Home
http://www.virbac.fr/ http://www.boehringer-ingelheim.com/ http://www.novartis.com/ http://www.animalhealth.bayerhealthcare.com/
vetcontact
Vetrinär
Tiermedizin
  WELCOME  
vetcontact
Vetrinär
Tiermedizin
  Privacy Policy  
  Home  
  Login / Newsletter  
vetcontact
Vetrinär
Tiermedizin
  CONTACTS  
vetcontact
Vetrinär
Tiermedizin
  Classifieds  
  New Products  
  VetCompanies  
  VetSchools  
vetcontact
Vetrinär
Tiermedizin
  PROFESSION  
vetcontact
Vetrinär
Tiermedizin
  Edutainment  
  VetAgenda  
  Presentations  
  Posters  
  ESAVS  
  Specialisation  
vetcontact
Vetrinär
Tiermedizin
  INSIGHT  
vetcontact
Vetrinär
Tiermedizin
  Congress News  
  Picture Galleries  
vetcontact
Vetrinär
Tiermedizin
  PRODUCTS  
vetcontact
Vetrinär
Tiermedizin
  Bayer  
  Boehringer Ing.  
  Novartis  
  Virbac

 
  Simply book for less...  
    

Bovine    Equine    Small Animal Practice    Swine Practice    Articles    Vetjournal    
deutsch english español polski francais
Home / WELCOME / Archiv / Small Animal Practice /     
 
Gastrocutaneous fistula in a dog
A non-healing wound at the caudal thorax wall in a middle-aged dog. Of course a fistula caused by a foreign body is one of the most likely differentials. But in this dog, the foreign body came from the stomach, and just its removal was not enough. A very informative case report!

A six-year-old, female Tibetan terrier was referred for investigation of a non-healing wound on the left caudal thorax.

A subcutaneous swelling had initially developed on the chest wall, followed by a draining tract from which seropurulent fluid drained for two months. There had been no response to antibiotic treatment.

Following radiographic and ultrasonographic examinations, a bone sequestrum from a fractured rib or a foreign body was suspected.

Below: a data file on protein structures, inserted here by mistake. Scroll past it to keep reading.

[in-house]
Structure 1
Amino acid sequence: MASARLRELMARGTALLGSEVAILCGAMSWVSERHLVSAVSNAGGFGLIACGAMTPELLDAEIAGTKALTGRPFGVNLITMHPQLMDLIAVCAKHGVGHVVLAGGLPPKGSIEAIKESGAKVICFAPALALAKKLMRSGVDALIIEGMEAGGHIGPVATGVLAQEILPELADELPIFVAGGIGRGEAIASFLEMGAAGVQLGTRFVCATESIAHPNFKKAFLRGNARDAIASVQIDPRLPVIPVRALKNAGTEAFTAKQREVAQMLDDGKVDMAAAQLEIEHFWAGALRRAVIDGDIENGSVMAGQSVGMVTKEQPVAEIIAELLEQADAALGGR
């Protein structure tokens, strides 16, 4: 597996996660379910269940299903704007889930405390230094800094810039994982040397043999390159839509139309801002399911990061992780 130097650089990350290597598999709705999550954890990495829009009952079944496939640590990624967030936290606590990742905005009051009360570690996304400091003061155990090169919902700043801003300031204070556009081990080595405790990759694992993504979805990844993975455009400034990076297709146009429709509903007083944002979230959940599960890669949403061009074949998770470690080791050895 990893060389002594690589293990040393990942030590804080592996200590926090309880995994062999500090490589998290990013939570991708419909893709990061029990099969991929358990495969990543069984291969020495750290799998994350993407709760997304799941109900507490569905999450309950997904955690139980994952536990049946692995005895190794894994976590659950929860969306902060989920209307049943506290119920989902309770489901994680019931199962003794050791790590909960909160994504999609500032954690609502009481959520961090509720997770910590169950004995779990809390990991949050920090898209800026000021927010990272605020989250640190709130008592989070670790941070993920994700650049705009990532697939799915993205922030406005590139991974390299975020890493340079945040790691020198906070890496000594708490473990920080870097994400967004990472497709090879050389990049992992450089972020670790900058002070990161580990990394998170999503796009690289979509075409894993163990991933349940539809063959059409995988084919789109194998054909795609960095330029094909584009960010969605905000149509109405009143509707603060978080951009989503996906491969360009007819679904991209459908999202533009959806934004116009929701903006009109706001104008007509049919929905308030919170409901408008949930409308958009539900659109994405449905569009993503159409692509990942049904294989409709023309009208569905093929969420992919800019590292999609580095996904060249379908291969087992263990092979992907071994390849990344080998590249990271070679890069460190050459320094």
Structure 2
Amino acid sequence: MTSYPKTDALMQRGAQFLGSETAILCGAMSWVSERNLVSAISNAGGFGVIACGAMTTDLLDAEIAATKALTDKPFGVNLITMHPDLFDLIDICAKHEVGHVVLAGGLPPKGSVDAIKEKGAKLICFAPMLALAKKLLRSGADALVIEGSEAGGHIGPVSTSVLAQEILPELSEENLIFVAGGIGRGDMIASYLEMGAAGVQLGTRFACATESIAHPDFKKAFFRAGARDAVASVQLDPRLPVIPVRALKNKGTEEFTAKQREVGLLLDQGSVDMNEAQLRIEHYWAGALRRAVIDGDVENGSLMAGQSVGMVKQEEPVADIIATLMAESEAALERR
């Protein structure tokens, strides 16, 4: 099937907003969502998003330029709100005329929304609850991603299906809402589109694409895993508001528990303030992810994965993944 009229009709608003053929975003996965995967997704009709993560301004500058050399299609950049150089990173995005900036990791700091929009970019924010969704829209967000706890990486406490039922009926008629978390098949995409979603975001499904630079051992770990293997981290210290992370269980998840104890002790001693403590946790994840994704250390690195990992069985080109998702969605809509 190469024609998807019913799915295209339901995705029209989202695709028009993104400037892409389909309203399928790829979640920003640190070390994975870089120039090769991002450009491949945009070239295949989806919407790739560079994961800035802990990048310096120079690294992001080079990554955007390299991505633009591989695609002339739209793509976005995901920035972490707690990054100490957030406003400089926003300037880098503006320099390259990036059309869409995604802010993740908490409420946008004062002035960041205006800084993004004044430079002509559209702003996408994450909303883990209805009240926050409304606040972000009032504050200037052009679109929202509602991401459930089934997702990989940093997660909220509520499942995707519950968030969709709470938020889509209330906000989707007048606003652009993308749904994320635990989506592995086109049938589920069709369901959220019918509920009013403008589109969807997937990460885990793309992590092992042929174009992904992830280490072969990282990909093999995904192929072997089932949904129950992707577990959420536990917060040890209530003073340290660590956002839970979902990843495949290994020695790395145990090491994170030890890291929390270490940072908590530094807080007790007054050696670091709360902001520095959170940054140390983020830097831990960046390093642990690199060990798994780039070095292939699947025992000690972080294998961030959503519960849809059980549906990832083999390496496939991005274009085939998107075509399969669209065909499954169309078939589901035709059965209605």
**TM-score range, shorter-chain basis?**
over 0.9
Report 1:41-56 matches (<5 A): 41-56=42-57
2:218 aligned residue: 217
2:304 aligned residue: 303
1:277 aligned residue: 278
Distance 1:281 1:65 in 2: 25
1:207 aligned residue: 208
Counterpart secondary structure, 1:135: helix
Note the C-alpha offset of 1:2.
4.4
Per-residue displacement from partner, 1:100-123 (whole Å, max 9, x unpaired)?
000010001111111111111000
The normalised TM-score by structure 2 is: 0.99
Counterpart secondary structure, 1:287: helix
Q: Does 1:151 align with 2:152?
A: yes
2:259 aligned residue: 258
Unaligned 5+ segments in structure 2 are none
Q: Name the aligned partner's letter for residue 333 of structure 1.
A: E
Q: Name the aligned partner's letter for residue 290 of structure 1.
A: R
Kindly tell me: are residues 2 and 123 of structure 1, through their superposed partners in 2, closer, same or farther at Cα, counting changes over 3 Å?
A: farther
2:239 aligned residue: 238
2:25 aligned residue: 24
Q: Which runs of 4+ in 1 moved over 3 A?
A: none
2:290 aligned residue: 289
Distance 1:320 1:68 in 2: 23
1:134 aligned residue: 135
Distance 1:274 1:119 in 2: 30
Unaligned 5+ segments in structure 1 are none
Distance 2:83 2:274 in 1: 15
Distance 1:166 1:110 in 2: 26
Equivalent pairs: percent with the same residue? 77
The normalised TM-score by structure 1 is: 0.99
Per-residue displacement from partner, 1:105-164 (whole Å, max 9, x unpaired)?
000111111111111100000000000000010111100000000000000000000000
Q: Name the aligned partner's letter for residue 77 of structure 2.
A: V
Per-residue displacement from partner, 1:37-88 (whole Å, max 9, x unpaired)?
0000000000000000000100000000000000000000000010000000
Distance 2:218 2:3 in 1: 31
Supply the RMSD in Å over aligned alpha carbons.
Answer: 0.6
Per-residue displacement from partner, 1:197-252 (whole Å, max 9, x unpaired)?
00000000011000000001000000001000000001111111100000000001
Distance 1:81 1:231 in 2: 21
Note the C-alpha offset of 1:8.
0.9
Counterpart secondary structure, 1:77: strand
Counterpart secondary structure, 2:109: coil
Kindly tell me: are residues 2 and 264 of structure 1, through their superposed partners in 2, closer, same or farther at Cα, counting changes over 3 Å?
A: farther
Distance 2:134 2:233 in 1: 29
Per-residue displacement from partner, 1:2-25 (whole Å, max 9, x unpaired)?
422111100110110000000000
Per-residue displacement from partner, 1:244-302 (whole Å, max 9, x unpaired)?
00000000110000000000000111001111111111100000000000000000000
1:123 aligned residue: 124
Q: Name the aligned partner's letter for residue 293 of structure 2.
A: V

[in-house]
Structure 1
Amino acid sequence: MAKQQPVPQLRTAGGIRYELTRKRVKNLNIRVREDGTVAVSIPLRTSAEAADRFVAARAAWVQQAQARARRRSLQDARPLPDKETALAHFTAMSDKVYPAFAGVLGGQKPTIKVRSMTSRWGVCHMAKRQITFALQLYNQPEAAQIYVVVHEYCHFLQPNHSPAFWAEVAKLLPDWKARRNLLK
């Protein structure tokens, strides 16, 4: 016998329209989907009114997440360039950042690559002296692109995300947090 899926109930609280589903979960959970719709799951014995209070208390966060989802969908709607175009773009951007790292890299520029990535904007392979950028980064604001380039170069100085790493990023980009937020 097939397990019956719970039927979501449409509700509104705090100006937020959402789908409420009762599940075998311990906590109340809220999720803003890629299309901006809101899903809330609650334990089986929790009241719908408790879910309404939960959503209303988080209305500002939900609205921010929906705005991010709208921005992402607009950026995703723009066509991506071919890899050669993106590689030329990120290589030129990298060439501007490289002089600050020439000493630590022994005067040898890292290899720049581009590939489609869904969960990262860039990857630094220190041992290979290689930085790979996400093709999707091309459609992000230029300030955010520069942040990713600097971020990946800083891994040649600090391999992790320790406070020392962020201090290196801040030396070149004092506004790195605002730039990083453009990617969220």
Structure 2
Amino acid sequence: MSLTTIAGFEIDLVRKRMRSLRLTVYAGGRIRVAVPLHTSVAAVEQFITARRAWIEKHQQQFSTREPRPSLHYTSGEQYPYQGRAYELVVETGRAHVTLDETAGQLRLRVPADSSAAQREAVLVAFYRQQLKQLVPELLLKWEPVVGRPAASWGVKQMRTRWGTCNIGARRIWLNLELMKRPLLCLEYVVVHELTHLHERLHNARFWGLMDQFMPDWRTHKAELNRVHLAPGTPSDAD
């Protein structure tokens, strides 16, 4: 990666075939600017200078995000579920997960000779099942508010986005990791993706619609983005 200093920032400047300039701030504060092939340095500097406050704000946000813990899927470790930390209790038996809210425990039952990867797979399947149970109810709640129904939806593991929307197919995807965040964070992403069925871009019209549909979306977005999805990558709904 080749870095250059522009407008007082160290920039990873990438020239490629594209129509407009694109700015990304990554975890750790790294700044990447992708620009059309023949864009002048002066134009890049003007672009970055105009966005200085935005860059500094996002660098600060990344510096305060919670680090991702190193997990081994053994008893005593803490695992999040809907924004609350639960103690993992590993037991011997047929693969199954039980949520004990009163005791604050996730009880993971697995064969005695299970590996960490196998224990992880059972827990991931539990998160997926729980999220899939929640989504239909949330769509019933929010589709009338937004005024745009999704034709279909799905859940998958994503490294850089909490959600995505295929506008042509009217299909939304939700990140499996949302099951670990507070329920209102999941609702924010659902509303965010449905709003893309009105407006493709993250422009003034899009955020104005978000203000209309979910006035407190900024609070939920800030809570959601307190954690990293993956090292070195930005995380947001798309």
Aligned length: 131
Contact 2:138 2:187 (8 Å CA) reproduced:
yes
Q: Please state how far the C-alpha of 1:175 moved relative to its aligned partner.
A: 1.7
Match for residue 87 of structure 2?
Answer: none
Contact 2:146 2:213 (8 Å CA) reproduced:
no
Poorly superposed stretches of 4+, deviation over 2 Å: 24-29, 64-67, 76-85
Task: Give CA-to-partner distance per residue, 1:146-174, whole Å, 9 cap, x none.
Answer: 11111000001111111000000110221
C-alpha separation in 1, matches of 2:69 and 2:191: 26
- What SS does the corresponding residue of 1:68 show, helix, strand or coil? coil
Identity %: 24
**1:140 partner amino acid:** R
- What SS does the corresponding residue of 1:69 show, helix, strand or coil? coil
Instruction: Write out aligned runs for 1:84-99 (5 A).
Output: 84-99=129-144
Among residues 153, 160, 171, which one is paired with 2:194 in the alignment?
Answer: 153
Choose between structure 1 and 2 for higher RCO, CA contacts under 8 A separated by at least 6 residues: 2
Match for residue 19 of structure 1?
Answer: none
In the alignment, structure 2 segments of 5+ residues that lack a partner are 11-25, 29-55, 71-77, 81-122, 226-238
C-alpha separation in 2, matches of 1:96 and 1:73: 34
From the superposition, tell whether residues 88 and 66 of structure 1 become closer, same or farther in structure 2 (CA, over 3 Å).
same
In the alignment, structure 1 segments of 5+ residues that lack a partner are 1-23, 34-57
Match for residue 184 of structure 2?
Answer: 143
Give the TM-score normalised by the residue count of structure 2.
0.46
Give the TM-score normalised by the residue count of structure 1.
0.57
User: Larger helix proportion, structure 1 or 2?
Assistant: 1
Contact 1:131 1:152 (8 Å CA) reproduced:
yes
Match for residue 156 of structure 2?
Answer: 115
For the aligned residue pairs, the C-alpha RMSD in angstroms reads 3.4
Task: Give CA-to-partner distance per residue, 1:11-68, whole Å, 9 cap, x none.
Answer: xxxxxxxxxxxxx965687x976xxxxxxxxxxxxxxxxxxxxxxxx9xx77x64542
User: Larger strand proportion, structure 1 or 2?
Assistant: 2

Surgical exploration of the wound identified a sinus tract and a wooden foreign body (an ice-lolly stick) was located in subcutaneous tissues.

Partial wound dehiscence of the surgical site occurred postoperatively, but healed after 10 days.

One month later, fluid began to discharge from the area again.

Further surgical exploration confirmed a gastrocutaneous fistula. Dissection of the fistula and surgical closure of the stomach, body wall and skin led to resolution of all signs.


Source: Brennan SF, Connery N, Tobin E, Mooney CT, Jones BR. (2004): Gastrocutaneous fistula as a result of migration of a foreign body in a dog. In: J Small Anim Pract. 2004 Jun;45(6):304-6.



Tell a friend   |   Print version   |   Send this article

SMALL ANIMAL PRACTICE

Reference intervals for blood parameters in Shetland Sheepdogsmembers
Several breeds have physiological peculiarities that induce variations in reference intervals (RIs) compared with the general canine population. Shetland sheepdogs (SSs) are reported to be more predisposed to different diseases (eg, hyperlipidemia, gallbladder mucocele, and hypothyroidism). Consequently, a breed‐specific approach is more often required. Thus, the aim of this study was to determine whether the RIs of the general canine population could be applied to that of SSs, and to generate breed‐specific RIs, where appropriate.

  • Metastasis of a well differentiated perianal gland tumor
  • Punica granatum associated with hepatotoxicosis in cattlemembers
  • Toceranib phosphate (Palladia®) in canine gastrointestinal stromal tumorsmembers
  • Radioactive iodine uptake in hyperthyroid cats after rh-TSHmembers
  • Hypoechoic tissue changes in dogs with malignant prostatic lymphomamembers
  • Emphysematous gastritis in dogs and catsmembers
  • Primary pulmonary histiocytic sarcoma in dogsmembers
  • Determining prognosis in canine sepsis members
  • Correlation of plasma and tear glucose, creatinine and urea nitrogen in catsmembers
  • Perineal hernias in dogs - always a bilateral problem?members
  • Pharmacokinetic of gabapentin in catsmembers
  • Follicular development of canine ovaries stimulated by eCG plus hCGmembers


  • [ Home ] [ About ] [ Contact / Request ] [ Privacy Policy ]

    Copyright © 2001-2018 VetContact GmbH
    All rights reserved